4

Cops' Crackdown on MLK Day "Bikes Up, Guns Down" Movement Is Misguided

Police promise to crack down on Bikes Up, Guns Down riders this coming MLK Day.EXPAND
Police promise to crack down on Bikes Up, Guns Down riders this coming MLK Day.
WPLG Local 10
^
Keep New Times Free
I Support
  • Local
  • Community
  • Journalism
  • logo

Support the independent voice of South Florida and help keep the future of New Times free.

South Florida law enforcement has put a bull's-eye on the Bikes Up, Guns Down movement that will take over local streets and highways this Monday, Martin Luther King Jr. Day.

Last week, police departments from Fort Lauderdale to Miami issued stern warnings to riders planning to pop wheelies, haul ass the wrong way, or make other reckless maneuvers. The national movement began several years ago after an African-American man was killed in Philadelphia. In 2015, several motorcyclists were injured when many riders took wild rides on Miami-Dade streets during MLK Day.

“Dr. Martin Luther King Jr. was a great orator, a great leader," Broward County Sheriff Scott Israel said this week. "His legacy during the holiday should be remembered with great respect. But there is a zero-tolerance policy for this illegal activity."

Florida Highway Patrol spokesman Joe Sanchez proclaimed that anyone riding an ATV, dirt bike, or motorcycle in a reckless manner will be cited, arrested, and have their ride impounded.

It's the wrong approach to take against a group of individuals who want to exercise their right to free speech. And it could end in tragedy. These dudes are like Evel Knievel on steroids. They are more likely to lead cops on a wild chase than pull over. When chased, they scatter like mosquitoes, so it’ll be nearly impossible to corral all of them. And it could end with a rider or a squad car hitting an innocent person.

Chases have consequences, The police strategy has been proven ineffective. Last Sunday, Hollywood Police attempted a surprise crackdown on 100 ATV and dirt bike riders who had gathered at an intersection. The cops managed to arrest only one rider, Erik Bell, and that’s because he crashed.

Officials would be a lot smarter if they reached out to the riders and allowed them time to take over the streets and do all their tricks. If police can shut down major highways for a few hours to allow people to protest Donald Trump, the same can be done for these riders. They could ride up and down NW 62nd Street before or after the MLK Day parade. Once their time is up, they would have to park their asses.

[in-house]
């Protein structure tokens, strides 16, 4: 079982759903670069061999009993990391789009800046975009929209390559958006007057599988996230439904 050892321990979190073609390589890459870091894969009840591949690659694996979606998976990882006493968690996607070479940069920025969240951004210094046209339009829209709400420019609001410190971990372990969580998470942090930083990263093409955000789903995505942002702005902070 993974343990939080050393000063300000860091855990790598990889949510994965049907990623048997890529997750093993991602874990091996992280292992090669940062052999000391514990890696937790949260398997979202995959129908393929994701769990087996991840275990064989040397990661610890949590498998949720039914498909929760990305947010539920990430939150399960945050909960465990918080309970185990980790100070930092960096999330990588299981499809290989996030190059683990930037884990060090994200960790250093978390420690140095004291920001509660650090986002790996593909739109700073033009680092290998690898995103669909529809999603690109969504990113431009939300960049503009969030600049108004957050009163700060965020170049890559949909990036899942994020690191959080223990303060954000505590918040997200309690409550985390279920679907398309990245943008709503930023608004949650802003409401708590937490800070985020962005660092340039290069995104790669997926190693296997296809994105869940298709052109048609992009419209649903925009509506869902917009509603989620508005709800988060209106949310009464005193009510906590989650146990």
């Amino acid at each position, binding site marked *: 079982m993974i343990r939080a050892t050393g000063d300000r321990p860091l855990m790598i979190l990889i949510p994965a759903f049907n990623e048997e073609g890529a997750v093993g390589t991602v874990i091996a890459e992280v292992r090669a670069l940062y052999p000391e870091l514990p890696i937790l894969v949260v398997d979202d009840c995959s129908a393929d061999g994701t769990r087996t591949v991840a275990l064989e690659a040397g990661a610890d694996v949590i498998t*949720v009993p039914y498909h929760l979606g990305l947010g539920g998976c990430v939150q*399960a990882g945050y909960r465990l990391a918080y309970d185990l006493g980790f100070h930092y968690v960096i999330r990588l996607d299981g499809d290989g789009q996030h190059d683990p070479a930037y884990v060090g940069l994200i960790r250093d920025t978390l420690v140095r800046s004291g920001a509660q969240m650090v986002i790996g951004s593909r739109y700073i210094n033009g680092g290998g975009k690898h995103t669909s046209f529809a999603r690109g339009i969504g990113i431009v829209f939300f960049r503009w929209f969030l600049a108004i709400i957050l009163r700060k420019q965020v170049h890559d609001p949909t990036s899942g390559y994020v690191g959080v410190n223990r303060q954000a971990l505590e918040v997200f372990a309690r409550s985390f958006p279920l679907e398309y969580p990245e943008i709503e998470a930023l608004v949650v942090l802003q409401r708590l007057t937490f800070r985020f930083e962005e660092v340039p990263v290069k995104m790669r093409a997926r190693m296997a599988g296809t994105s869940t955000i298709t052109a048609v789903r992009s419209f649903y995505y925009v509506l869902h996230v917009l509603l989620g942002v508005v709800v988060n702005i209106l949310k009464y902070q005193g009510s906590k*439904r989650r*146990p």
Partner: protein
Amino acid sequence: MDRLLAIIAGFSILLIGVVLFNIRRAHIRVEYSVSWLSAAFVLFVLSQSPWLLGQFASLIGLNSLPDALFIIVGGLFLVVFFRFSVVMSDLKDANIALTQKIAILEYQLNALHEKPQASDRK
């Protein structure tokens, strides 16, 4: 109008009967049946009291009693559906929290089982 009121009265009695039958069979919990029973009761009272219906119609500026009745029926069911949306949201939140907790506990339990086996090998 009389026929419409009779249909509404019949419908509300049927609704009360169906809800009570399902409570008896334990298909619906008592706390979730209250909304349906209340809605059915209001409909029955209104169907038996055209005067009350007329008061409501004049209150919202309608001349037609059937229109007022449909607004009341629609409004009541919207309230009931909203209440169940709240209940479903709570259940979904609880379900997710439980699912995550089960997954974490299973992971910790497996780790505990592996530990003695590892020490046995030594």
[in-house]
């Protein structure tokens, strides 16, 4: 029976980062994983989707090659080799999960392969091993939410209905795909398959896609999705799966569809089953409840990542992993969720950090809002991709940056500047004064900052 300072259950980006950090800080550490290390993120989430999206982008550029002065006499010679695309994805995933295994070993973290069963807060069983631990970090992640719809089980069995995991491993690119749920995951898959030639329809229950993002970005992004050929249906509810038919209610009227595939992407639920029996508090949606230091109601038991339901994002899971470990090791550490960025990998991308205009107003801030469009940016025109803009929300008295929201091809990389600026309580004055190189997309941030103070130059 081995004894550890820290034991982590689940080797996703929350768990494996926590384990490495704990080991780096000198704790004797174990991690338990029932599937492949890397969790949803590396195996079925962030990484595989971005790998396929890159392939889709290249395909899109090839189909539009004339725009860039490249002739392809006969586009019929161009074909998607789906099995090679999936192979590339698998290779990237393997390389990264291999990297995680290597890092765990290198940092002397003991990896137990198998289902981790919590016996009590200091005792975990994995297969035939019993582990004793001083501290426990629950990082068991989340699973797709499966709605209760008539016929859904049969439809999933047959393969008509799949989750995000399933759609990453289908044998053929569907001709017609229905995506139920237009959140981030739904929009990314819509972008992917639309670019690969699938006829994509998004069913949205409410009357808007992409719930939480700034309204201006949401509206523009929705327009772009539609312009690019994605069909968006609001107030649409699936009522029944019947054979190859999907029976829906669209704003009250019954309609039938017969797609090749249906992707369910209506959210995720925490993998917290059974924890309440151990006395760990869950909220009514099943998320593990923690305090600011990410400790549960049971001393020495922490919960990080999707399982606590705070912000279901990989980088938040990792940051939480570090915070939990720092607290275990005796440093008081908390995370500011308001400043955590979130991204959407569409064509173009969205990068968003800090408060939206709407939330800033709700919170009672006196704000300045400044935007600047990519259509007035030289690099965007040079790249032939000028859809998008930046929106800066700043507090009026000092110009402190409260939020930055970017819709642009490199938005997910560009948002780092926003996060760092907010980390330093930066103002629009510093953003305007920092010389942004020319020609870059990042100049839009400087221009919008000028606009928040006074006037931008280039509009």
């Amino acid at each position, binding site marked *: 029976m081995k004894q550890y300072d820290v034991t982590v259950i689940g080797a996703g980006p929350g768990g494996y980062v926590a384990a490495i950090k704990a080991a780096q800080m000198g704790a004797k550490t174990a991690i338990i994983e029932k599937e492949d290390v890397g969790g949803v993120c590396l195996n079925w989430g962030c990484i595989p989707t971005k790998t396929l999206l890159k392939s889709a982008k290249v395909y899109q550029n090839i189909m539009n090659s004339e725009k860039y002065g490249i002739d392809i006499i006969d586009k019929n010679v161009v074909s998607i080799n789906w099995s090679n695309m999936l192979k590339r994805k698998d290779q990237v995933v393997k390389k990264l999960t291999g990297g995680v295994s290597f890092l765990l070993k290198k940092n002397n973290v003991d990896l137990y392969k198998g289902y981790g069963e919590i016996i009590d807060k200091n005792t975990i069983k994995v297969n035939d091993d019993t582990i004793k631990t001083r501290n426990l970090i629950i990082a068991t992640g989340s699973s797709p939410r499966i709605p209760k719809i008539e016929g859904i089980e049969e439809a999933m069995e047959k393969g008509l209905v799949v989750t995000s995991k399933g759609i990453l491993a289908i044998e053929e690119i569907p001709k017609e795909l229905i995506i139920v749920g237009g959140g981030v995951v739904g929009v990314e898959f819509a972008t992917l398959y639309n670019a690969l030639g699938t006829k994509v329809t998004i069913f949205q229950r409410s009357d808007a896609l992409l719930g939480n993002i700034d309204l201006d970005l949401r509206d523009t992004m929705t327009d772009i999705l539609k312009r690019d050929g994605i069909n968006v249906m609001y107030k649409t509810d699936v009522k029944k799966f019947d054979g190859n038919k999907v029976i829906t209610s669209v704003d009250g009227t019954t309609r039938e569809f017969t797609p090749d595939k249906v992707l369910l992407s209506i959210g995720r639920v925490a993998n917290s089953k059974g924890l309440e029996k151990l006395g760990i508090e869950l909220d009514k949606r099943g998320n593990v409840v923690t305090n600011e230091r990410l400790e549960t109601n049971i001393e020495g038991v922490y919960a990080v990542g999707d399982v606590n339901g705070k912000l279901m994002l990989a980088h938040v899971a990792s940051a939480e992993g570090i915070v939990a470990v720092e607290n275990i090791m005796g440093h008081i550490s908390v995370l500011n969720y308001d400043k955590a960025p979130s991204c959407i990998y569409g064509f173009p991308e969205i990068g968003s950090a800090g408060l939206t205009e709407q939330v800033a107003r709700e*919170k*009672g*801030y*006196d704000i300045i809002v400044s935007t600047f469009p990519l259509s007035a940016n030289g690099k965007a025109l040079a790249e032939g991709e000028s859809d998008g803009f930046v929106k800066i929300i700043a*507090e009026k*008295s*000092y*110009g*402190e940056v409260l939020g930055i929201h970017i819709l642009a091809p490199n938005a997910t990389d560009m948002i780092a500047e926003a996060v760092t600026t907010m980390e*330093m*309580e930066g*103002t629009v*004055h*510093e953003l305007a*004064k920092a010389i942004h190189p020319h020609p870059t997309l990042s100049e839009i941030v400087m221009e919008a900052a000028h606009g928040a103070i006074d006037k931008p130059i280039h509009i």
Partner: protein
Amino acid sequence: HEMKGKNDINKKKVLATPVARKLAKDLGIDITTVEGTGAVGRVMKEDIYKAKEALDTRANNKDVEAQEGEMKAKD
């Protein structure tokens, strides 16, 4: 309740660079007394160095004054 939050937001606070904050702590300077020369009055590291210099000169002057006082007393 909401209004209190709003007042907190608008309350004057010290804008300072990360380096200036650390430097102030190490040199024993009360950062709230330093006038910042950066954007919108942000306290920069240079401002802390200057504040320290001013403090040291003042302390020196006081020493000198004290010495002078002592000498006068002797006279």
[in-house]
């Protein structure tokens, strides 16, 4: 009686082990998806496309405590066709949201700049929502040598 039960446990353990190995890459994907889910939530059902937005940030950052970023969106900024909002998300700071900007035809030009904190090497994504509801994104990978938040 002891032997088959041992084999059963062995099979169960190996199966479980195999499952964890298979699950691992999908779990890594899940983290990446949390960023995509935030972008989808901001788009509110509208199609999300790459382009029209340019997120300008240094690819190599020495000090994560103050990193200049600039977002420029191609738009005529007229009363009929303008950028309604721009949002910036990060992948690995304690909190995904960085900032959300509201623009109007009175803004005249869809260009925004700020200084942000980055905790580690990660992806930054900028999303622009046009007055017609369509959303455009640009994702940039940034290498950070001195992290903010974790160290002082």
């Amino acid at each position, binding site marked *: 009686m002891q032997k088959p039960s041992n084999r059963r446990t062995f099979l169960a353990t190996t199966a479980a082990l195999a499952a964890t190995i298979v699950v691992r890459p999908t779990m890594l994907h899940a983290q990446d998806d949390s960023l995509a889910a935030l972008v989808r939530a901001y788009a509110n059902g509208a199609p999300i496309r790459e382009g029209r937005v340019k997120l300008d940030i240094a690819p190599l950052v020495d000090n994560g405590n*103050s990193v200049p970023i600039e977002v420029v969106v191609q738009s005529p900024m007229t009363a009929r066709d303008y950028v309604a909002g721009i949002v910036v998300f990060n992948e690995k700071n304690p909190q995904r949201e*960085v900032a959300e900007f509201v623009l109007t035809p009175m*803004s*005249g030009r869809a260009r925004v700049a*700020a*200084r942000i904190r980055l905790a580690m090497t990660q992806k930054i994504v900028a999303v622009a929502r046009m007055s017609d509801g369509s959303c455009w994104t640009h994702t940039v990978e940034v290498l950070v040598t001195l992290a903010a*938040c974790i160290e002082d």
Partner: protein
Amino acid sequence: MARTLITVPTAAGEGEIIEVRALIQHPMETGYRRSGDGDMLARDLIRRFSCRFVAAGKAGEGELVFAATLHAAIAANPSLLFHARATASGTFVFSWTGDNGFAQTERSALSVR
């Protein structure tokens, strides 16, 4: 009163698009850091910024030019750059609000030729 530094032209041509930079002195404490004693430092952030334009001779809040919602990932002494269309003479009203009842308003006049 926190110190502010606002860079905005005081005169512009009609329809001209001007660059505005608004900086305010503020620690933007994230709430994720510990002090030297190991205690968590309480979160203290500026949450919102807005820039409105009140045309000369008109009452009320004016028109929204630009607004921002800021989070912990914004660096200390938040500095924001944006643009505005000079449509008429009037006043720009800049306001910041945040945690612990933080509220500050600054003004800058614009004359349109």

But police departments won't make this happen. Instead, they'd rather waste a tremendous amount of manpower to stop black men from protesting inequality and injustice.

Follow Luke on Twitter: @unclelukereal1.

Keep New Times Broward-Palm Beach Free... Since we started New Times Broward-Palm Beach, it has been defined as the free, independent voice of South Florida, and we would like to keep it that way. Offering our readers free access to incisive coverage of local news, food and culture. Producing stories on everything from political scandals to the hottest new bands, with gutsy reporting, stylish writing, and staffers who've won everything from the Society of Professional Journalists' Sigma Delta Chi feature-writing award to the Casey Medal for Meritorious Journalism. But with local journalism's existence under siege and advertising revenue setbacks having a larger impact, it is important now more than ever for us to rally support behind funding our local journalism. You can help by participating in our "I Support" membership program, allowing us to keep covering South Florida with no paywalls.

We use cookies to collect and analyze information on site performance and usage, and to enhance and customize content and advertisements. By clicking 'X' or continuing to use the site, you agree to allow cookies to be placed. To find out more, visit our cookies policy and our privacy policy.

 

Join the New Times community and help support independent local journalism in South Florida.

 

Join the New Times community and help support independent local journalism in South Florida.